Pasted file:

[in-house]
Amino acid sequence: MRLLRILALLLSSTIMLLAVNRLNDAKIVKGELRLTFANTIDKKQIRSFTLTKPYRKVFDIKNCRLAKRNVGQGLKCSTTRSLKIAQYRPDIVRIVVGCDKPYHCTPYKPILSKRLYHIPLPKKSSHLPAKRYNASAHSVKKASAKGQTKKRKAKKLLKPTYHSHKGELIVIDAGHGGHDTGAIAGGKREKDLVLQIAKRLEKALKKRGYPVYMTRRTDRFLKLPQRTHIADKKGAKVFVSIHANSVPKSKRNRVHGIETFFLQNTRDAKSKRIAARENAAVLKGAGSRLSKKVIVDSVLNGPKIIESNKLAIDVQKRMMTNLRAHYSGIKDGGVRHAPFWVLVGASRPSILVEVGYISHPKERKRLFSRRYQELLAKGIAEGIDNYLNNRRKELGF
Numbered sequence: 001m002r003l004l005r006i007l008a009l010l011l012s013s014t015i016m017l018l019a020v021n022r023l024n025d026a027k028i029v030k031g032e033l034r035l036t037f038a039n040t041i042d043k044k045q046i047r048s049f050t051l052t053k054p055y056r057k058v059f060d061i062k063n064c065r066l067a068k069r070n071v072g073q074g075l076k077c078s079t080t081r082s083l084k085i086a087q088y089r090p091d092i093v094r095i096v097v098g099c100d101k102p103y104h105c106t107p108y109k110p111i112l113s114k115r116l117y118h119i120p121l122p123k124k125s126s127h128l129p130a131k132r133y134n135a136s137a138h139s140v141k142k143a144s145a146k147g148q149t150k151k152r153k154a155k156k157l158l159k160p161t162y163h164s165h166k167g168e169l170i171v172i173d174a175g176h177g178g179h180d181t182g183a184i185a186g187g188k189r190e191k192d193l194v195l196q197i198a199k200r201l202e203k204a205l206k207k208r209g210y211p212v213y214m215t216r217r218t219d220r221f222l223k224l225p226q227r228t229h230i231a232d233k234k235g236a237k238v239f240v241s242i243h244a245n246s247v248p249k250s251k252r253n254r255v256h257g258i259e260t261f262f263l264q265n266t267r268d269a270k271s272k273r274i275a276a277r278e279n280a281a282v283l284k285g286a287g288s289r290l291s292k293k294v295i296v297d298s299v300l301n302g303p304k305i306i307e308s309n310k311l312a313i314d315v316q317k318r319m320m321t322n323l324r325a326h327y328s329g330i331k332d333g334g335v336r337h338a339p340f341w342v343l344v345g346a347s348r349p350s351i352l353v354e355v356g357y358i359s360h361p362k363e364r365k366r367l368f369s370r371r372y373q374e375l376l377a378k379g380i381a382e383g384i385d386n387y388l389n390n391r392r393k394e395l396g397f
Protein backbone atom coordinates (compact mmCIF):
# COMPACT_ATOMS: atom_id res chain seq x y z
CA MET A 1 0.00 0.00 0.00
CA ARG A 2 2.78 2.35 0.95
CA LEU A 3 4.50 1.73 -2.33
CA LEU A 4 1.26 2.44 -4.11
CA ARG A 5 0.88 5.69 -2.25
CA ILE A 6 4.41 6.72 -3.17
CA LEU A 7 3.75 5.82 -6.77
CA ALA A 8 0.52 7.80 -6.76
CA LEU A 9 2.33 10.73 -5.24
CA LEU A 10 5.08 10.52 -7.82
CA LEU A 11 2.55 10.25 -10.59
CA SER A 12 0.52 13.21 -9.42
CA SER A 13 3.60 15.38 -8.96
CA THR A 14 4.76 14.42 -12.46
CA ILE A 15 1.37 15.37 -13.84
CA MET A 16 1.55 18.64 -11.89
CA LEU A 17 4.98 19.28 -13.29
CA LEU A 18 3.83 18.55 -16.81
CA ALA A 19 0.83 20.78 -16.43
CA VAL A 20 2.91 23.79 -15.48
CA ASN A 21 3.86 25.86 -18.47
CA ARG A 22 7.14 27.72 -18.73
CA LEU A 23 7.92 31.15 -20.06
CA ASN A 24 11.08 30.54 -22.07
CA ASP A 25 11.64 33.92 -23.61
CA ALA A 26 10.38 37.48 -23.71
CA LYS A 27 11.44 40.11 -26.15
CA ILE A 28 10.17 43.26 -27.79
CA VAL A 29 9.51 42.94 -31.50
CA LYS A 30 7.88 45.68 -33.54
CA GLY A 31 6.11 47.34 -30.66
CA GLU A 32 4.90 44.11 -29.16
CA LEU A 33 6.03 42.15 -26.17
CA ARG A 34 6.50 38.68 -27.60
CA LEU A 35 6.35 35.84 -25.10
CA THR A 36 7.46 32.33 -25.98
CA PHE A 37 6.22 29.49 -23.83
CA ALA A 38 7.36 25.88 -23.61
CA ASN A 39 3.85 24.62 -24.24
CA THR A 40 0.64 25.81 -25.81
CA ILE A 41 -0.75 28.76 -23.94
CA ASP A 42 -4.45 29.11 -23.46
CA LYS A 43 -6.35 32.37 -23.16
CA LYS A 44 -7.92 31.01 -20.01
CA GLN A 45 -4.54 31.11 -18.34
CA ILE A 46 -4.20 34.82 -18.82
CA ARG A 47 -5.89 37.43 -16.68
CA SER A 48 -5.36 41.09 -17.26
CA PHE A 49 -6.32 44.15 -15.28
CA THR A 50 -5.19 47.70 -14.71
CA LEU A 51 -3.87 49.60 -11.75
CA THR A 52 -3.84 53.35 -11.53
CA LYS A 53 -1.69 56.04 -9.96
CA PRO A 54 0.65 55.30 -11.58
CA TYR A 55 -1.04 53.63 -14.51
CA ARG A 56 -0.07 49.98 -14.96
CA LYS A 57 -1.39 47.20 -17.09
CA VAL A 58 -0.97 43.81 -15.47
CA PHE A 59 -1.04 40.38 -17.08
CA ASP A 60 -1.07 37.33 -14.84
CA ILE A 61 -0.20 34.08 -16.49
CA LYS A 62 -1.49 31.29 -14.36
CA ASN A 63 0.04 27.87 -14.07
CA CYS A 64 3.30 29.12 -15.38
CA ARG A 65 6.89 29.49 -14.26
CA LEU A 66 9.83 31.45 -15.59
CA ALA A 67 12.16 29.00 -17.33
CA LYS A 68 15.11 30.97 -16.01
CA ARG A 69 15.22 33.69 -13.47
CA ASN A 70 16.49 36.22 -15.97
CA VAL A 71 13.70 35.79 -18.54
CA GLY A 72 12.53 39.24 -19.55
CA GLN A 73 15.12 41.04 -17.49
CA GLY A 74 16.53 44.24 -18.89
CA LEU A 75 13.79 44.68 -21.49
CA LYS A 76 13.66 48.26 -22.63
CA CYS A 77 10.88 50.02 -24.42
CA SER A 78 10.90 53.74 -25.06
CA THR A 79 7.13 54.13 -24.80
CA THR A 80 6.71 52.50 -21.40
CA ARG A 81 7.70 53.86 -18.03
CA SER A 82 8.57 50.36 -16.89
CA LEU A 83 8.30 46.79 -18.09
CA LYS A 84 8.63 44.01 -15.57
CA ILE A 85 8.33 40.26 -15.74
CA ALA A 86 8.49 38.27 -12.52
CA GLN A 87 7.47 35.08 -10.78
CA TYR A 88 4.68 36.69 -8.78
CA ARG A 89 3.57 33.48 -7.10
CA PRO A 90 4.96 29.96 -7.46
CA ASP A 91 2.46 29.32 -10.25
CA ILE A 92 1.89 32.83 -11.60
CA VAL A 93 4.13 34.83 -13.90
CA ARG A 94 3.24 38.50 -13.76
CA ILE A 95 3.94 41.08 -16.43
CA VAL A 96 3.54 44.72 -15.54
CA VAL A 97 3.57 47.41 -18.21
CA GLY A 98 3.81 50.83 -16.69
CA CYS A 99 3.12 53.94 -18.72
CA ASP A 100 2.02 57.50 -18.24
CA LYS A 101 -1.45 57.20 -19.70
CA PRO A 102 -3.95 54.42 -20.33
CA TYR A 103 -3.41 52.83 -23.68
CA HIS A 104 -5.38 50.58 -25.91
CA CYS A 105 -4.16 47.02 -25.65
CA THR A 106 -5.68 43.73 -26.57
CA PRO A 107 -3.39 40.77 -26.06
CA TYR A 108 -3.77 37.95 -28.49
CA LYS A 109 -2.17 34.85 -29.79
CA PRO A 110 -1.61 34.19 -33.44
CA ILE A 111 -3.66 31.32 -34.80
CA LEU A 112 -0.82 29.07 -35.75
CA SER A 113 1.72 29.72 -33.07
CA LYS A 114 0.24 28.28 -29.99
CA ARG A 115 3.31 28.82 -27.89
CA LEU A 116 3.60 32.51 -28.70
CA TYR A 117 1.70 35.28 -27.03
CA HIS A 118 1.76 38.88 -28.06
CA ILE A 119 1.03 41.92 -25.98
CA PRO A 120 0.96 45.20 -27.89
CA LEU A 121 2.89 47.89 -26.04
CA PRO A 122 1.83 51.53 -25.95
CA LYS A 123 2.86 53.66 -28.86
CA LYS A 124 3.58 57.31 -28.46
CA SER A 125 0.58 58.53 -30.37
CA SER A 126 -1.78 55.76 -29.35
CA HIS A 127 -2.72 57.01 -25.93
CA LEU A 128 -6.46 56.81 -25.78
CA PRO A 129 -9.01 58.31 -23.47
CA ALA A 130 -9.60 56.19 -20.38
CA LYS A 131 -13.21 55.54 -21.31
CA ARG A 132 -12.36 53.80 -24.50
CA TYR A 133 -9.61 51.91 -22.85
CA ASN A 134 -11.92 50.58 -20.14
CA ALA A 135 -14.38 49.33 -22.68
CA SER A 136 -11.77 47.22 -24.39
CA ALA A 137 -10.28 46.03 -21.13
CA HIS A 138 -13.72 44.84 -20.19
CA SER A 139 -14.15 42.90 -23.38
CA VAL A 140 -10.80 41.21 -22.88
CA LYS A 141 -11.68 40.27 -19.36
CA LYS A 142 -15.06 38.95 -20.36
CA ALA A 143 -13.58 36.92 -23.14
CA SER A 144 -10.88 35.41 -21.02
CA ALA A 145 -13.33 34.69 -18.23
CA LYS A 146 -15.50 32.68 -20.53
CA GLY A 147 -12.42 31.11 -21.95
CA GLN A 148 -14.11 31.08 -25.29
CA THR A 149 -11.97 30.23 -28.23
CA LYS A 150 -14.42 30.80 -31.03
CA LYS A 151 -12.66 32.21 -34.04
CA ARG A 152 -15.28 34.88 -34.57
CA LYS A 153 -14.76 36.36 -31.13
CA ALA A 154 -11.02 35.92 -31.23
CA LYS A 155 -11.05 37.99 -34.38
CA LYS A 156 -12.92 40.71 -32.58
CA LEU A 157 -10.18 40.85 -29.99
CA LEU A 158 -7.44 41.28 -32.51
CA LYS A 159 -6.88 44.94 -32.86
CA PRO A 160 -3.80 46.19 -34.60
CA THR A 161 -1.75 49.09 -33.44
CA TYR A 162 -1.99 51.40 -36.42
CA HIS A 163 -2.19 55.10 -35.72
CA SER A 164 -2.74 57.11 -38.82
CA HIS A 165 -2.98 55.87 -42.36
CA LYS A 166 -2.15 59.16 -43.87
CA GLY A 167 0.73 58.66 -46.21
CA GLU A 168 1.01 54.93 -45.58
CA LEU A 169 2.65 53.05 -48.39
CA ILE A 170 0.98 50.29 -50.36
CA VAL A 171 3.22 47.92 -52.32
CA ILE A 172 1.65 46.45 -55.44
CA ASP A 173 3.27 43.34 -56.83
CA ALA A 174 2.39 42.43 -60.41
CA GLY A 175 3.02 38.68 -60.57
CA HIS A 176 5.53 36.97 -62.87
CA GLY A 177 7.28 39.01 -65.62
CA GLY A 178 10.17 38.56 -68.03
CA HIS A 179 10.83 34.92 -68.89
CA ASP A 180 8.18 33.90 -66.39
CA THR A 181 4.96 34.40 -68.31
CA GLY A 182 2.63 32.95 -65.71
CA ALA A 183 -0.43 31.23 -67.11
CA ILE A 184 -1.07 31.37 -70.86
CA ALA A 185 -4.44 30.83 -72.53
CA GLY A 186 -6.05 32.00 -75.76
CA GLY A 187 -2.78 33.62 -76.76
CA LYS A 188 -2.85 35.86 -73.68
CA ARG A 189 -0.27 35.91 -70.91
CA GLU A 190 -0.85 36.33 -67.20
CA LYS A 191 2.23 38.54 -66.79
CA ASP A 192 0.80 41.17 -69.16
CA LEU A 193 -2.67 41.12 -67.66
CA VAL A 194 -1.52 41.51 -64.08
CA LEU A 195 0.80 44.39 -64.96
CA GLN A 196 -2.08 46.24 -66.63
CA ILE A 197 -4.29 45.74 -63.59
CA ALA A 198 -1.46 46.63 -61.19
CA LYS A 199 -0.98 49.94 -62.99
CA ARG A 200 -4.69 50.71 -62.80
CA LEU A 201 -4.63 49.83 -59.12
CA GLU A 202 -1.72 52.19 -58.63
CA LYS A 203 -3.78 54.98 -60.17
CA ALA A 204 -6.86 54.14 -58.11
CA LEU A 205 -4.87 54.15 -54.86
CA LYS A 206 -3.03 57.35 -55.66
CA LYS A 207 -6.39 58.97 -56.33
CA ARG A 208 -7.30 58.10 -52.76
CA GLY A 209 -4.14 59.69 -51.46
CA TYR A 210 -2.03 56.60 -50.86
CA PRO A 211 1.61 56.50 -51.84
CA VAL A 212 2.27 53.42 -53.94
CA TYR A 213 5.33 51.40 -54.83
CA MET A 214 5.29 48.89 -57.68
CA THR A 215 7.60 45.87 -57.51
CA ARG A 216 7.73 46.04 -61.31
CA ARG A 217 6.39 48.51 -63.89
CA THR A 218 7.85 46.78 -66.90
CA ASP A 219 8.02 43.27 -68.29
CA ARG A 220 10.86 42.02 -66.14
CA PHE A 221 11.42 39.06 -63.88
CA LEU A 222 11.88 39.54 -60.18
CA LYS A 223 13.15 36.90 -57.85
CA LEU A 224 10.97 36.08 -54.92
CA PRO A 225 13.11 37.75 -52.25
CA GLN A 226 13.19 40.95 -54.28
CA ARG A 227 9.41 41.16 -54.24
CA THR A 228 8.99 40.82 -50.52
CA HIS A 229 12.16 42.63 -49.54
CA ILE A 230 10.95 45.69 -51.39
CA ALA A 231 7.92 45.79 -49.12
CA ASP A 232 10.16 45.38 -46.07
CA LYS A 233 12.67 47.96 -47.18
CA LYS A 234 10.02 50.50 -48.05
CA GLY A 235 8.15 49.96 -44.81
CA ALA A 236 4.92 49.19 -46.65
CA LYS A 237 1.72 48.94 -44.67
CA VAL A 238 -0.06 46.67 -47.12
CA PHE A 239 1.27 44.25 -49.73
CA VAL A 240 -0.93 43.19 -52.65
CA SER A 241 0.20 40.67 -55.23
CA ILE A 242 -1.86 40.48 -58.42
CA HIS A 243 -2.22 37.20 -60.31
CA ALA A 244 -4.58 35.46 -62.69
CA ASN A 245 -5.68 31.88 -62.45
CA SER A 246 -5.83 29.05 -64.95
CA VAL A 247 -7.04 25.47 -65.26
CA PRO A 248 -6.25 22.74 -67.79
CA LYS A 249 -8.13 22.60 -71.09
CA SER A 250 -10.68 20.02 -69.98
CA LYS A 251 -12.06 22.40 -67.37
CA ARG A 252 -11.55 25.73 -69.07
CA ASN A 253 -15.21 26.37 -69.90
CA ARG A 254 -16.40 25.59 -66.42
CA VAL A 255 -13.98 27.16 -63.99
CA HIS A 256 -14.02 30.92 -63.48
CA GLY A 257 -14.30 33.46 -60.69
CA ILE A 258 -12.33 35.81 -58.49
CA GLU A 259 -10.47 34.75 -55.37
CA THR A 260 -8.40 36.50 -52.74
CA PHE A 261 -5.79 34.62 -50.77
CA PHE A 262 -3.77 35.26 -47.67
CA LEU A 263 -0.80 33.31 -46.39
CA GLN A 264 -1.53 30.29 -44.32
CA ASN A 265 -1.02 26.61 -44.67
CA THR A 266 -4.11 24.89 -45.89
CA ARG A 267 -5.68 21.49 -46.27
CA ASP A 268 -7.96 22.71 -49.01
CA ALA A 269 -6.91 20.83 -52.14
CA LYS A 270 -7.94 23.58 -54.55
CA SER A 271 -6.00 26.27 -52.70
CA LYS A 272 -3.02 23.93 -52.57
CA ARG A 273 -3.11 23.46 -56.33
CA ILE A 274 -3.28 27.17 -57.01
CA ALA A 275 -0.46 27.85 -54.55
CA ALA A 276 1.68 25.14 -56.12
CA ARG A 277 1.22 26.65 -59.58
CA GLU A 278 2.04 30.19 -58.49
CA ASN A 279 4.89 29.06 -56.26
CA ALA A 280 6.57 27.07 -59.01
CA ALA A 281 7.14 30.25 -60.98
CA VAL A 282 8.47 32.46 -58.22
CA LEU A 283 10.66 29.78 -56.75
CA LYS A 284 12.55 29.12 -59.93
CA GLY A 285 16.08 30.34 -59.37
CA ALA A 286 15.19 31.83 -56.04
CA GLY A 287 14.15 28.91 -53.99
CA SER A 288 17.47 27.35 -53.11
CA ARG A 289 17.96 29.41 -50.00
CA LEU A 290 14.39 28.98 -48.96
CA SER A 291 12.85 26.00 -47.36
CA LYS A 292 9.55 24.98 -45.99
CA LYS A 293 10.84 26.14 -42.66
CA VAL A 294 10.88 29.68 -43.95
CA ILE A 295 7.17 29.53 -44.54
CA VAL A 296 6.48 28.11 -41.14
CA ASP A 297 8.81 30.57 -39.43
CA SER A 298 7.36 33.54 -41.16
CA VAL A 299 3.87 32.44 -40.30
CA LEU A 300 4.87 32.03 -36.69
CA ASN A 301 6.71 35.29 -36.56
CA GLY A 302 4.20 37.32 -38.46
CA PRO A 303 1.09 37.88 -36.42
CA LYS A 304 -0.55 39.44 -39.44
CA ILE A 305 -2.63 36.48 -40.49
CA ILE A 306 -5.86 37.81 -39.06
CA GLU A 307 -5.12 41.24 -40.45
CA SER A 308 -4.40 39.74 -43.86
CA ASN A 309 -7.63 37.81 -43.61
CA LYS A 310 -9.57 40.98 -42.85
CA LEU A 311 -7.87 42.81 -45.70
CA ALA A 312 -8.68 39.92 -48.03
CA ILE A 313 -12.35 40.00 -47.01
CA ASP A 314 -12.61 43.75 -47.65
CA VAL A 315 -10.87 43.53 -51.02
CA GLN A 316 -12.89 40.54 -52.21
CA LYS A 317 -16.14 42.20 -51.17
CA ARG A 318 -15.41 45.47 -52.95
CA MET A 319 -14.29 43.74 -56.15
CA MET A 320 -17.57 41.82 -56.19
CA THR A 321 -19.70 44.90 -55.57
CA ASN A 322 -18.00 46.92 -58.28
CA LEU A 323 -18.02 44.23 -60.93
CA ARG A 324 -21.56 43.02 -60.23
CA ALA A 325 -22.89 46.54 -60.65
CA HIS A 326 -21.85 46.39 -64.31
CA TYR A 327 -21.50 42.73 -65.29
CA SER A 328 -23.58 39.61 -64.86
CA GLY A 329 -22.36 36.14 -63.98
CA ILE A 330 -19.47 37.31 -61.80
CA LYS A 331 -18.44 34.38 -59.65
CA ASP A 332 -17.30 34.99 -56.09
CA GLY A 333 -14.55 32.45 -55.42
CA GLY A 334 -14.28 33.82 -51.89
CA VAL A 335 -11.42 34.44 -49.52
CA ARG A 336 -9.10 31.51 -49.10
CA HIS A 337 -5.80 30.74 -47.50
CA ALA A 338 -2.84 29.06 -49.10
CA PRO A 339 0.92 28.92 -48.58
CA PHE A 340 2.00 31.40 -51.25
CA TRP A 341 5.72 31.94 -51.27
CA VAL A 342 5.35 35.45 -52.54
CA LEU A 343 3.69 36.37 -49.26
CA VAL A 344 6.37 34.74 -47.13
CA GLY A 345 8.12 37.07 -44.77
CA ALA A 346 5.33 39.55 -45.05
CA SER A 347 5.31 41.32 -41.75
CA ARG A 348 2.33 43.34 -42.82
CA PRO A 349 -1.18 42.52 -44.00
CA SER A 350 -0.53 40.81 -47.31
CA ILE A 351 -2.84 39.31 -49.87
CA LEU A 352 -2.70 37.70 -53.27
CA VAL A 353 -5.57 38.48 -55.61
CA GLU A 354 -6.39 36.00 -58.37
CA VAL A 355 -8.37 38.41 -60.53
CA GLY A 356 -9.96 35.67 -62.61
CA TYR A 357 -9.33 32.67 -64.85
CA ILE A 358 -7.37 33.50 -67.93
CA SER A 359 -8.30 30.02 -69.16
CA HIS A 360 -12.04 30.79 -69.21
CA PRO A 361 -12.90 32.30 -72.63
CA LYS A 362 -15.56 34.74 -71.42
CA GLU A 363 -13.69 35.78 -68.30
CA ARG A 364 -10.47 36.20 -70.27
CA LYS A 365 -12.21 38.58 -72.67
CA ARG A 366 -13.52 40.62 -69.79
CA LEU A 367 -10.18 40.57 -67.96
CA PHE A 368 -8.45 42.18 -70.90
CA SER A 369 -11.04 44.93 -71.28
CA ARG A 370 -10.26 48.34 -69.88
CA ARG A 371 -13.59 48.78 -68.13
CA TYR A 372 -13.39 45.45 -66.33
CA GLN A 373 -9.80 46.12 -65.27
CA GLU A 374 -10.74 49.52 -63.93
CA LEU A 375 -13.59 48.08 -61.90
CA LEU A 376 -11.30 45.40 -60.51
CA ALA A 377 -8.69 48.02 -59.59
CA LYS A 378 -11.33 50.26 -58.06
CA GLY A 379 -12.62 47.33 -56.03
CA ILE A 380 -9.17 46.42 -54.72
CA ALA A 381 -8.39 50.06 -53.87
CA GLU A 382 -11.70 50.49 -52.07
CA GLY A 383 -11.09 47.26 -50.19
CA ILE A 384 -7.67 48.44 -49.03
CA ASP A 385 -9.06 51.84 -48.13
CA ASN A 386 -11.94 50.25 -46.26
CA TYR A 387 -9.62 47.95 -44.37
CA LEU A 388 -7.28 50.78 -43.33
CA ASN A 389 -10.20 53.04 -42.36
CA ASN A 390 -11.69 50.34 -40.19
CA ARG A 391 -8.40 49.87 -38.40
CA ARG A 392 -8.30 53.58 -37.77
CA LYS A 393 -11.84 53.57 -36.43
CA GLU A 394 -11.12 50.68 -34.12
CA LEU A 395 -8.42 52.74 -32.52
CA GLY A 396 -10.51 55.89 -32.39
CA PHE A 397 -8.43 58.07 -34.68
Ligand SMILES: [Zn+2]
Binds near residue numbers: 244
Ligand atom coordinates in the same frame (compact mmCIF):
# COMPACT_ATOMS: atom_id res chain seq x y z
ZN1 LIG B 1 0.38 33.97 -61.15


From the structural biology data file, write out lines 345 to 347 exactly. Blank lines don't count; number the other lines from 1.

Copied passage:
CA PHE A 340 2.00 31.40 -51.25
CA TRP A 341 5.72 31.94 -51.27
CA VAL A 342 5.35 35.45 -52.54